News / Africa

UN Peacekeepers Will Not Be ‘Intimidated’ by Ivorian Protests

Local residents look on as a UN vehicle, set on fire by militant student supporters of Laurent Gbagbo, burns in the Riviera 2 neighborhood of Abidjan, 13 Jan 2011
Local residents look on as a UN vehicle, set on fire by militant student supporters of Laurent Gbagbo, burns in the Riviera 2 neighborhood of Abidjan, 13 Jan 2011
Victoria Cavaliere

United Nations officials say they remain concerned over violence in Ivory Coast, where mobs and security forces allied to the country’s leader have attacked U.N. troops and vehicles following November's disputed election.  

U.N officials say they are still trying to formulate an approach to dealing with the rash of violence that broke out after Ivory Coast’s November 28 election.  

But, at a briefing at U.N. headquarters, spokesman Martin Nesirky maintained supporters of incumbent President  Laurent Gbagbo will not run out U.N. troops.

"The mission is working under difficult circumstance," said  Nesirky. "It continues to work and will not be intimidated in the work that needs to be carried out.  Its peacekeepers and police do carry out patrols and they will continue to do so."

Mr. Gbagbo has refused to give up power, despite a U.N. Security Council resolution recognizing his opponent, former prime minister Alassane Ouattara, as the election winner.
West African leaders have threatened to send in troops to remove Mr. Gbagbo if he will not cede power.

Meanwhile, U.N. officials say they will renew calls for emergency air to Sri Lanka, where at least 32 people have died and more than 300,000 are displaced after massive flooding this month.

Asked about recent protests in which flood victims attacked a government office accusing Sri Lankan officials of holding back relief supplies, Nesirky said only the UN is actively engaged in trying to get relief to those in need.

"A formal appeal, if you like, will be launched in the coming days," he said. "Clearly there is a demand and a need.  And the United Nations, as we have been saying, here already last week, has been working to try to ensure that the most specific needs and the most pressing needs and so when they are they can be addressed."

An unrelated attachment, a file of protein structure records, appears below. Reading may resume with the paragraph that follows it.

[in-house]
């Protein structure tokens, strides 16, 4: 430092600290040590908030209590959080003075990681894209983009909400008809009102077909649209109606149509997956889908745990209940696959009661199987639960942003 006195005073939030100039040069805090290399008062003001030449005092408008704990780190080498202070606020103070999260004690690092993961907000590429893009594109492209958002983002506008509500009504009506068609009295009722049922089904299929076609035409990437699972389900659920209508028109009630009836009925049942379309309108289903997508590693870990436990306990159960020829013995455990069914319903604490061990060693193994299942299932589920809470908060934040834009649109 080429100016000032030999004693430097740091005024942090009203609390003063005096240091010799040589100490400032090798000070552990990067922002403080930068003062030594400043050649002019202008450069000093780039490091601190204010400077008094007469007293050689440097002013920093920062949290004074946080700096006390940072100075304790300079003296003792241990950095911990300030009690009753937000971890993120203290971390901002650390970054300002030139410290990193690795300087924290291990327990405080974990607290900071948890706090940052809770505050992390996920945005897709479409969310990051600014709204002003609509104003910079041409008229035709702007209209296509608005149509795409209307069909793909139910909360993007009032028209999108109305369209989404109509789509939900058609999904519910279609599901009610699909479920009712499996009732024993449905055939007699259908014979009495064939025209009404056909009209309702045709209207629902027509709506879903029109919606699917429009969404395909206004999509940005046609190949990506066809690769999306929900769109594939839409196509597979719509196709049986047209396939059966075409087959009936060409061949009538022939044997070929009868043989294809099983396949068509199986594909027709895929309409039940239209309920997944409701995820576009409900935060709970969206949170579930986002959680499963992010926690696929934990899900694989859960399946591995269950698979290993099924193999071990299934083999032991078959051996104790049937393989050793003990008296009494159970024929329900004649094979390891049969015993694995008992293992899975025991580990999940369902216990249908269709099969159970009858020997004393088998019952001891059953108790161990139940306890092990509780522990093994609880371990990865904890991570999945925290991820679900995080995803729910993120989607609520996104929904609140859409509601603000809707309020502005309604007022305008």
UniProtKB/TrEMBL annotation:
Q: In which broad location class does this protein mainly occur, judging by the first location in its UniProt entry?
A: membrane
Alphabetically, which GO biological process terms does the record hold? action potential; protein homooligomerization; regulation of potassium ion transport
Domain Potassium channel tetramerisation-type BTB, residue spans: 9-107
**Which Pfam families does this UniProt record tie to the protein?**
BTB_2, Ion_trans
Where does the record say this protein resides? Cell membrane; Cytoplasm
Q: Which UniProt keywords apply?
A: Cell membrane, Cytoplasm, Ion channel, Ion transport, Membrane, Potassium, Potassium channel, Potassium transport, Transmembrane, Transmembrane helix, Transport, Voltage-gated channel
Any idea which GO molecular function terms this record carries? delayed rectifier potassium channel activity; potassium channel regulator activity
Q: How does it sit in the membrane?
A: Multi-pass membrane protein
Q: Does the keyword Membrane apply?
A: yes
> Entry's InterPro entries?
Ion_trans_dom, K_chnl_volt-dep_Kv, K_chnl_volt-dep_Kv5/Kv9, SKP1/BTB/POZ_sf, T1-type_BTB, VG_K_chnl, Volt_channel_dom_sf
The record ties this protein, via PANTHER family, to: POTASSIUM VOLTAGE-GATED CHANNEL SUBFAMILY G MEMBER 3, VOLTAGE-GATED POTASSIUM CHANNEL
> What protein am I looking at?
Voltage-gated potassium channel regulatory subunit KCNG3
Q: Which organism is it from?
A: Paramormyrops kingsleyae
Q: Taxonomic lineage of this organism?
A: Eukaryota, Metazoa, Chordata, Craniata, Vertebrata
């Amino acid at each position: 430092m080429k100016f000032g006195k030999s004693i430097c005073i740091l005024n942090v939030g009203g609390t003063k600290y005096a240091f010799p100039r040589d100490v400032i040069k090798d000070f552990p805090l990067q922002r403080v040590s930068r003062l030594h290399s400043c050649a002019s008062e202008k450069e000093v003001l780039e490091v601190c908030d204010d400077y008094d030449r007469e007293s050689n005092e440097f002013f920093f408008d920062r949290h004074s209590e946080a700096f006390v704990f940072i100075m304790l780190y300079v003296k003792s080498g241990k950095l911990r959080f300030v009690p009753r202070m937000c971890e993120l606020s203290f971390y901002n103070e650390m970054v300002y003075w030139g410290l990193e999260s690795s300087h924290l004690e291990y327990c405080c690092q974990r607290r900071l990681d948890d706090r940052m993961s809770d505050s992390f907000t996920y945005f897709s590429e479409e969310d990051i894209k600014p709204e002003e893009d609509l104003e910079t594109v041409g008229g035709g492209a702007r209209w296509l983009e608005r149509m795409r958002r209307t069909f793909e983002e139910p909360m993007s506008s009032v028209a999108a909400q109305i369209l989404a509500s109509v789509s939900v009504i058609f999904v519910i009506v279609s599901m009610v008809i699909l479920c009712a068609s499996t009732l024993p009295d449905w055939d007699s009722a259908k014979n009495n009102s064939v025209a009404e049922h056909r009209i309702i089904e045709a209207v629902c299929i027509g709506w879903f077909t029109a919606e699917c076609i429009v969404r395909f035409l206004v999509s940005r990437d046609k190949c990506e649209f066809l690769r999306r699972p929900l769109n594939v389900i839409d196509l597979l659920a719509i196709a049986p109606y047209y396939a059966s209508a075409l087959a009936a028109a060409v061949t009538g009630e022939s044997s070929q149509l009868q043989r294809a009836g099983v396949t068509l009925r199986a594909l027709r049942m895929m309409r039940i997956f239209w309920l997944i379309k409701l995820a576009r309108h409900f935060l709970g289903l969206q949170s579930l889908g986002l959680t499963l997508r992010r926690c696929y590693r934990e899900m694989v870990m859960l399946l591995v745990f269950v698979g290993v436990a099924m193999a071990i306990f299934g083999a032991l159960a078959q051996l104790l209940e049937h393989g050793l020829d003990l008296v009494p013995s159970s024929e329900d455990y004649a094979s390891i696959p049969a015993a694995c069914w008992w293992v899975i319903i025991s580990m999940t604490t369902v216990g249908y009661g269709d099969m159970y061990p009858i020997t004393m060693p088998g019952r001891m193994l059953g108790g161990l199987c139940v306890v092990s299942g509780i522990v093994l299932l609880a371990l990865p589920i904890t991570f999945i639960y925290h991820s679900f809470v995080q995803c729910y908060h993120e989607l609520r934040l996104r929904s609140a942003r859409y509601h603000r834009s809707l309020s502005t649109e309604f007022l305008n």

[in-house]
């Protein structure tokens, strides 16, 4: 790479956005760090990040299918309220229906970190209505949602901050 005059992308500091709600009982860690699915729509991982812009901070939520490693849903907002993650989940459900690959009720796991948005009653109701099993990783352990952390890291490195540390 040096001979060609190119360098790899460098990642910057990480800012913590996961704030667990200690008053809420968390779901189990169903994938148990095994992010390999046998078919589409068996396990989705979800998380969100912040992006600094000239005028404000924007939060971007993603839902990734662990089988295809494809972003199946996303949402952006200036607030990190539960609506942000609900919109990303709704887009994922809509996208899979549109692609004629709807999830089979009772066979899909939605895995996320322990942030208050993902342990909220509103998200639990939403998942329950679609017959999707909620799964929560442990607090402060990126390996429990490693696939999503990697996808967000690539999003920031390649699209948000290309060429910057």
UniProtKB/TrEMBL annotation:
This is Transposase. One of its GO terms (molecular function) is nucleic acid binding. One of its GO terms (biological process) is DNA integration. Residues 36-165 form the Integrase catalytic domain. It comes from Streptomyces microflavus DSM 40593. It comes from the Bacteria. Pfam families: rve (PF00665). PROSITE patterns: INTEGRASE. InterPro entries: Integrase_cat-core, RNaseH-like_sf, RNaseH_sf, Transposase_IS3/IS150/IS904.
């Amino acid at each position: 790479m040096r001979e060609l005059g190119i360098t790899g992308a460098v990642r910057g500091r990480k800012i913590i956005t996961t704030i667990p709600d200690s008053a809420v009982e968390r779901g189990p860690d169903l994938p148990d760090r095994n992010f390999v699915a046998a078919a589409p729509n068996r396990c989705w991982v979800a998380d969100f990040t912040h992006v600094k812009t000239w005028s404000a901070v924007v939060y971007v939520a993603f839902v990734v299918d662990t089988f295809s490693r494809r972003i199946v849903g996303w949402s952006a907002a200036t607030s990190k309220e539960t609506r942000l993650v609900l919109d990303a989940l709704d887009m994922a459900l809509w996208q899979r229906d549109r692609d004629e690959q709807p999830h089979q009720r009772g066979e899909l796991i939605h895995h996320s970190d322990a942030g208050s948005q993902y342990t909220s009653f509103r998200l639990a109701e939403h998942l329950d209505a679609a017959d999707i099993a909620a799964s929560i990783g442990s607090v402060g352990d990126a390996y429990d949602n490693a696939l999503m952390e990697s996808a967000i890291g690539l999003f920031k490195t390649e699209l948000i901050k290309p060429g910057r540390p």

The United Nations Assistant Secretary General for Humanitarian Affairs and Deputy Emergency Relief Coordinator, Catherine Bragg, is due to arrive Wednesday in Sir Lanka.

You May Like

As AIDS Epidemic Matures, Workplaces Adapt

Issue of AIDS in workplace is one of many social issues being discussed at the 20th International Aids Conference in Australia More

Is Air Travel Safe?

Aviation expert says despite tragic losses of Malaysian Airlines flights 370 and 17, industry experienced lowest fatality rate in recorded history last year More

100 Days Later, Nigerian Girls Still Held

Activists holding rallies in Nigeria and several other countries to mark 100th day of captivity for more than 200 schoolgirls being held by Boko Haram More

This forum has been closed.
Comments
     
There are no comments in this forum. Be first and add one

Featured Videos

Your JavaScript is turned off or you have an old version of Adobe's Flash Player. Get the latest Flash player.
IAEA: Iran Turns its Enriched Uranium Into Less Harmful Formi
X
July 22, 2014 10:26 AM
Iran has converted its stockpiles of enriched uranium into a less dangerous form that is more difficult to use for nuclear weapons, according to the United Nations’ Atomic Energy Agency. The move complies with an interim deal reached with Western powers on Iran's nuclear program last year, in exchange for easing of sanctions. Henry Ridgwell reports for VOA from London.
Video

Video IAEA: Iran Turns its Enriched Uranium Into Less Harmful Form